An interesting development came as Means and Parker engaged in discussion with Reynolds, Dank and other critics of some credit programs. The pair projected 2017 as a year when the development of broader codes might make the Oklahoma tax credit unnecessary.

Secretary of State Glenn Coffee, a member of the task force, later described that as an example of the kind of specificity that could help lawmakers set a firm sunset for such credits. 

Appropriations and Budget Chairman Earl Sears, a Bartlesville Republican, drew from the speakers clarification that Oklahoma was the first state to create such a credit, in 2005. Five more states have since added such credits and all, Parker said, are more generous than Oklahoma’s strictures. 

Means, in discussion with members of the task force, stressed that consumers (home purchasers) are not fixed in their desires, and that evidence indicates that even increases of $1,000 can drive a buyer away. He said that every incremental increase drives away thousands of potential home buyers. 

Dank and others observed that a central question was whether or not taxpayers should, through the credits, pay for the gains in efficiency the more stringent codes bring, or whether those costs should be borne by home buyers. 

As the morning session began, Chairman Dank hearkened back to the sometimes contentious hearings on the insurance industry. He said research flowing from the July 15 session he moderated has found that 21 states have state-operated guaranty funds, while 28 do not. 

At that earlier day of hearings, the panel spent its morning session examining tax credits for historic building preservation.
In addition to Dank, task force members present at today’s hearings included House Budget and Appropriations Committee Chairman Earl Sears of Bartlesville, Auditor & Inspector Gary Jones, Secretary of State Glenn Coffee, and Finance Director Preston Doerflinger. 

Dank has consistently stressed to compare Oklahoma accurately to other states, making the point that tax credits and business incentives of all sorts are not “carved in stone” once enacted, and that they vary significantly across the 50 states.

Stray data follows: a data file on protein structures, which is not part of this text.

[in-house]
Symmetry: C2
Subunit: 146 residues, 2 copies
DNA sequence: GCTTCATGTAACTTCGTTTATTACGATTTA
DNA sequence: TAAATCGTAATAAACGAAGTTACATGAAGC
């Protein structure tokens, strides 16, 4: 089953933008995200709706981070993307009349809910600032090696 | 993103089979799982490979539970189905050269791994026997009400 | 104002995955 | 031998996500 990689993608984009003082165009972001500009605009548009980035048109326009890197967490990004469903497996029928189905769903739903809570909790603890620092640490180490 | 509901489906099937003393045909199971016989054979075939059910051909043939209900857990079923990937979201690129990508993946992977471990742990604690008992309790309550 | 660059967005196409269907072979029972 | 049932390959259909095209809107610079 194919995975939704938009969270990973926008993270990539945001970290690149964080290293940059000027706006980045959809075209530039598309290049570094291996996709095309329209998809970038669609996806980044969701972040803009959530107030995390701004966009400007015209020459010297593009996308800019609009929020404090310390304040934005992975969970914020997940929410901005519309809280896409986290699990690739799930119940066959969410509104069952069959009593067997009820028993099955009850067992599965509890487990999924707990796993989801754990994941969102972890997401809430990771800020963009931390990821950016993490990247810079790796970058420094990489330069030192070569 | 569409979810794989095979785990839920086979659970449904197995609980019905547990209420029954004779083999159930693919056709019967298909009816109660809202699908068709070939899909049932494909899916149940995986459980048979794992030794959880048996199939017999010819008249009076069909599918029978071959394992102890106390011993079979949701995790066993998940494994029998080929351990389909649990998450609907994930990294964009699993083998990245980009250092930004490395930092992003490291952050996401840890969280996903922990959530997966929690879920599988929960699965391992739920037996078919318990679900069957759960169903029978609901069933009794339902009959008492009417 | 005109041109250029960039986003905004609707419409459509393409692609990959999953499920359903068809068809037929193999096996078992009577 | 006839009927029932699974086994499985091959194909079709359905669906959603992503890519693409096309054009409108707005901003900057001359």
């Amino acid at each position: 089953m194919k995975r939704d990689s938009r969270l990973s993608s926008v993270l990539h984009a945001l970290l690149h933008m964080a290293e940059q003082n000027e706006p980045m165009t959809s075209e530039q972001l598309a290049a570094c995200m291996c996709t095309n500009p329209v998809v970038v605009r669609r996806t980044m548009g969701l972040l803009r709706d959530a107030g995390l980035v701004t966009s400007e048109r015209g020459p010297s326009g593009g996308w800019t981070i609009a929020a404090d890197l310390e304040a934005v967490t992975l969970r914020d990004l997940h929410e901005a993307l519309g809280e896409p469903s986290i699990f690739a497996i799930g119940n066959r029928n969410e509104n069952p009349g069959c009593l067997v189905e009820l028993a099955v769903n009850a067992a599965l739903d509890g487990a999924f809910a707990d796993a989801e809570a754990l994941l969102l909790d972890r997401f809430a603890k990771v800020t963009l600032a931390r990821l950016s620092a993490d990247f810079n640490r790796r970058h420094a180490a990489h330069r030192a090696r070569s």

In today’s hearing, Dank made a point, by analogy, to the existence of other generous tax credit programs, including those that reward Oklahomans who choose engineering as a profession. He asked, rhetorically, “What do I saw when Aubrey McClendon, Larry Nichols or Harold Hamm come and say, ‘Hey, what about my petroleum engineers? What about my geologists?’” Dank asked, “Is there a point at which this stops?” 

Other members of the task force include state Sen. Mike Mazzei, a Tulsa Republican, Sen. David Meyers, a Ponca City Republican, Democratic House Minority Leader Scott Inman of Del City, Democratic Senate Leader Andrew Rice of Oklahoma City, and Treasurer Ken Miller, a Republican. 

Other legislators who are not members of the panel but who attended today’s sessions included Republican state Reps. Mike Reynolds of Oklahoma City, Mike Sanders of Kingfisher, Todd Russ of Cordell and Gus Blackwell of Lavern and Democratic Rep. Emily Virgin of Norman. State Sen. Sean Burrage of Claremore was also present. 

Existing authority for the tax credits for residential energy efficiency are found in Title 68, section 2357.46 in state law. 

Dank noted the morning hearing was “streamed” on the House website, and would eventually be archived and available for public viewing.